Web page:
Yerba Buena Complex (originally called Deep Gradient Complex)
Yerba Buena Gardens may be seen geologically as an Anthropocene structural deposit of various origins resting unconformably on Cenozoic era sediments above the the Alactraz Terrane of the Franciscan Complex. This relationship was initially examined symbolically and materially by the public sculpture, Deep Gradient/Suspect Terrain…, in the form of a descending ship made of steel and green glass, containing ocean floor sediments extracted 4 miles off the California coast, installed on the Yerba Buena site in 1993 (shown in the center of the image above). The sediments in Deep Gradient.., a reference to the primal conditions of geologic deposition
and materials related ecologically, physically and conceptually to those materials used for construction
of the citys architecture and built environment. In this context, Yerba Buena Gardens, and by extension, the city
is seen as a geologic formation, formed by parallel human
activities: quarrying as erosion, transport as flow and construction
Civica I (Franciscan Formation/San Francisco, CA), 2004, and Protogaea
Civica II (Franciscan Formation/San Francisco, CA), 2005, are projects that examine and symbolically map Bay Area geology and certain site and material relationships with the built environment. Protogaea Civica II..., specifically referenced the Anthropocene copper structures of the deYoung Museum for the exhibition "High 5" in 2005.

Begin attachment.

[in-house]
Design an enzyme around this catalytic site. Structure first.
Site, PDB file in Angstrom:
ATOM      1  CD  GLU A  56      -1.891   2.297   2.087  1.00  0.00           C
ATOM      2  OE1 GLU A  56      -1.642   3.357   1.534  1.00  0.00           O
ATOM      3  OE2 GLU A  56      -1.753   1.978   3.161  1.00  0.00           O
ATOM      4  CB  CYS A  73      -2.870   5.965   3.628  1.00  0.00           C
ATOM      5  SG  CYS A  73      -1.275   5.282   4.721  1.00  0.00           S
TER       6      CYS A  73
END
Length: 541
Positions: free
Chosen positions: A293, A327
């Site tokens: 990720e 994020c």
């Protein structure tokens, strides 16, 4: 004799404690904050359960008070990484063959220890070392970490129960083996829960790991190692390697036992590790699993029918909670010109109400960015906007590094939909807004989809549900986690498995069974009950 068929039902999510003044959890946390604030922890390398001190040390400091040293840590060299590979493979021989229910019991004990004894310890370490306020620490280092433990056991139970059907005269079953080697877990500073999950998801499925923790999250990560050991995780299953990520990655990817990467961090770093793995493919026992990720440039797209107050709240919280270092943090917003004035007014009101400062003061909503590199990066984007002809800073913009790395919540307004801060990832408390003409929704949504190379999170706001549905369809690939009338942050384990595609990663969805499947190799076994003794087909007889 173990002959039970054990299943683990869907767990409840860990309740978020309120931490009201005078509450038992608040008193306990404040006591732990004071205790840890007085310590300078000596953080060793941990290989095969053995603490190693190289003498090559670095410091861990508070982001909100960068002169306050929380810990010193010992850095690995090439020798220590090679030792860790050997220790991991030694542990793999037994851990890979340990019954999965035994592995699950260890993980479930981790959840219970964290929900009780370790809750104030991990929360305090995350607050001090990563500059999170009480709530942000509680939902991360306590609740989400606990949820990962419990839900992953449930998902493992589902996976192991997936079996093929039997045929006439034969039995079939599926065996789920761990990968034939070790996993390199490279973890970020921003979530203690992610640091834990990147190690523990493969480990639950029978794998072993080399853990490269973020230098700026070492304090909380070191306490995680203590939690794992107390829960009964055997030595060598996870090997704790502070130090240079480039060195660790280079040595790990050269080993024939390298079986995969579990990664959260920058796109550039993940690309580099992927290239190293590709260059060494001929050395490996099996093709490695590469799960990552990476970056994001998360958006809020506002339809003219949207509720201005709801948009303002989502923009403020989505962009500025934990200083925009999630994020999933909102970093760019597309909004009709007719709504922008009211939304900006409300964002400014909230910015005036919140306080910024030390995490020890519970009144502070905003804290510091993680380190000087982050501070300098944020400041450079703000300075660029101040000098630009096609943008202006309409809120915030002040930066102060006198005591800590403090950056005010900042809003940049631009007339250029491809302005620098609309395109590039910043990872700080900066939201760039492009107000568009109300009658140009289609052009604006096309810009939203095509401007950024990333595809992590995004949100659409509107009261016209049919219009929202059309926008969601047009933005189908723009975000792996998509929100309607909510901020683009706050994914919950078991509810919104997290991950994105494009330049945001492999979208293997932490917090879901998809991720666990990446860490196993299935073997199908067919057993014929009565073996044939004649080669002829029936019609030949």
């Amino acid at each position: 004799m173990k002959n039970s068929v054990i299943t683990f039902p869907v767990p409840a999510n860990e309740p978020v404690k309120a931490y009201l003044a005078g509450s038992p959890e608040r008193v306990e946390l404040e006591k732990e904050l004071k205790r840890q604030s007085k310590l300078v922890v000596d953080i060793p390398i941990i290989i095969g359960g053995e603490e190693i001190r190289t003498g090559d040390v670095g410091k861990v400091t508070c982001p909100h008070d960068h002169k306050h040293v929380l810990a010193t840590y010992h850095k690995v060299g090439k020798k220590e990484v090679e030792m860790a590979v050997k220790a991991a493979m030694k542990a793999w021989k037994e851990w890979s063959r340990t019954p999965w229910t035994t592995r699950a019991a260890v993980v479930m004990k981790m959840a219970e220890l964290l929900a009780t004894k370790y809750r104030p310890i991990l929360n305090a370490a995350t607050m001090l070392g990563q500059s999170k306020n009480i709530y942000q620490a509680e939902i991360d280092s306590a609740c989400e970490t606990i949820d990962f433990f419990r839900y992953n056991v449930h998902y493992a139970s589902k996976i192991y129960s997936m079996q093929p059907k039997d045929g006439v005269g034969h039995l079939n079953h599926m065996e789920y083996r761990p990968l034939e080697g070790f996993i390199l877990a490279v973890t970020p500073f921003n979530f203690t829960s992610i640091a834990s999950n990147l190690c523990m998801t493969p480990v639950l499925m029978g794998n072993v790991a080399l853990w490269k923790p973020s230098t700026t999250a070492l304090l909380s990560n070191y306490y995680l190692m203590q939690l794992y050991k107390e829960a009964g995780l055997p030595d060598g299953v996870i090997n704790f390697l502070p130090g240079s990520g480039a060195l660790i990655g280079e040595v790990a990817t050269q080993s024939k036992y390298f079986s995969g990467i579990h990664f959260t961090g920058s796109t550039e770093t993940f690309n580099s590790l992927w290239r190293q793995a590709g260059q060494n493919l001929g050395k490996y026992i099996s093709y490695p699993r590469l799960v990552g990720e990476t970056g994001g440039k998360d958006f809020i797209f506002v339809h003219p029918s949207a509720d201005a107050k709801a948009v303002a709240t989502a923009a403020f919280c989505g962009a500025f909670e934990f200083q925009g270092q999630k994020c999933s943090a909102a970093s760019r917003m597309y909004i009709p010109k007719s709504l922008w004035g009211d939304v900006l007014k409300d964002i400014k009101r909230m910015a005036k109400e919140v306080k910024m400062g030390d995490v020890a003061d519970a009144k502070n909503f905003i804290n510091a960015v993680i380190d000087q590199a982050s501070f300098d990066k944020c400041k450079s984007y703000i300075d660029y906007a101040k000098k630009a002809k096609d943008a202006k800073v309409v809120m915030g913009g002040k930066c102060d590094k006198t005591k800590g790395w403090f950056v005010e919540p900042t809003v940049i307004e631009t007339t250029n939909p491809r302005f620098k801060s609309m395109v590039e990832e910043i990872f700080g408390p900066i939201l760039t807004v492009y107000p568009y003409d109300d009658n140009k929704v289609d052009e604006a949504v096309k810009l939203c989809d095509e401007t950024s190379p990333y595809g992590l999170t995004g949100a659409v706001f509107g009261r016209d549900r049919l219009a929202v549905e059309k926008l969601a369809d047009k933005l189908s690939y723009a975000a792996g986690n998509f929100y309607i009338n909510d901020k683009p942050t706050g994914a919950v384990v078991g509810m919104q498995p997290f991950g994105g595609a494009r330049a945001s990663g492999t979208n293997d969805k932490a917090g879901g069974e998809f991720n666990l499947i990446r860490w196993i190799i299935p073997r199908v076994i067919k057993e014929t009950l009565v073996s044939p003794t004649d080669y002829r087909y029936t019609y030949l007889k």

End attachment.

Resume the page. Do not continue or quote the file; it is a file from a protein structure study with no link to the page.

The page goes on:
Yerba Buena Complex Phase I & II:
Phase I - is an installation created for
the exhibition, Bay Area Now 5 at the Yerba Buena Center for the Arts, 2008. This installation of Yerba Buena Complex Phase I, structurally and conceptually extends the inquiry initiated with Deep Gradient/Suspect Terrain.., to include the Yerba Buena Center for the Arts building and infrastructure as an investigation into their origin and condition as a Anthropocene geologic structure. This exploration is done symbolically by the tectonic installation of green theatrical film on the windows of the Center for the Arts as an extension of Deep Gradient..'s, green glass and its depositonal metaphor, video of the construction of Yerba Buena Gardens, gathering of sediment for the original work and the installation of the ship in 1993. Ship design and conceptual drawings as well as an initial expression of research into the allochthonous origin of the aluminum cladding of the Center for the Arts as part of Yerba Buena Complex Phase II,
Phase II - initiated in a Phase I drawing, by beginning to consider the geologic nature of YBCA's aluminum cladding, Yerba Buena Complex Phase II, is a theoretical inquiry into the geologic origins of of the primary architectural materials, for the entire Yerba Buena site and potentially selected other architecture such as SFMOMA. This is a process similar to SITE INDEX, 2001-09, at the University of Minnesota. Phase II, in it's fullest form, would have other elements, such as: algae and green glass architectural interventions as shown in these preliminary studies for Phase I, that for various reasons were not implmented. Phase II at this point has no venue or funding.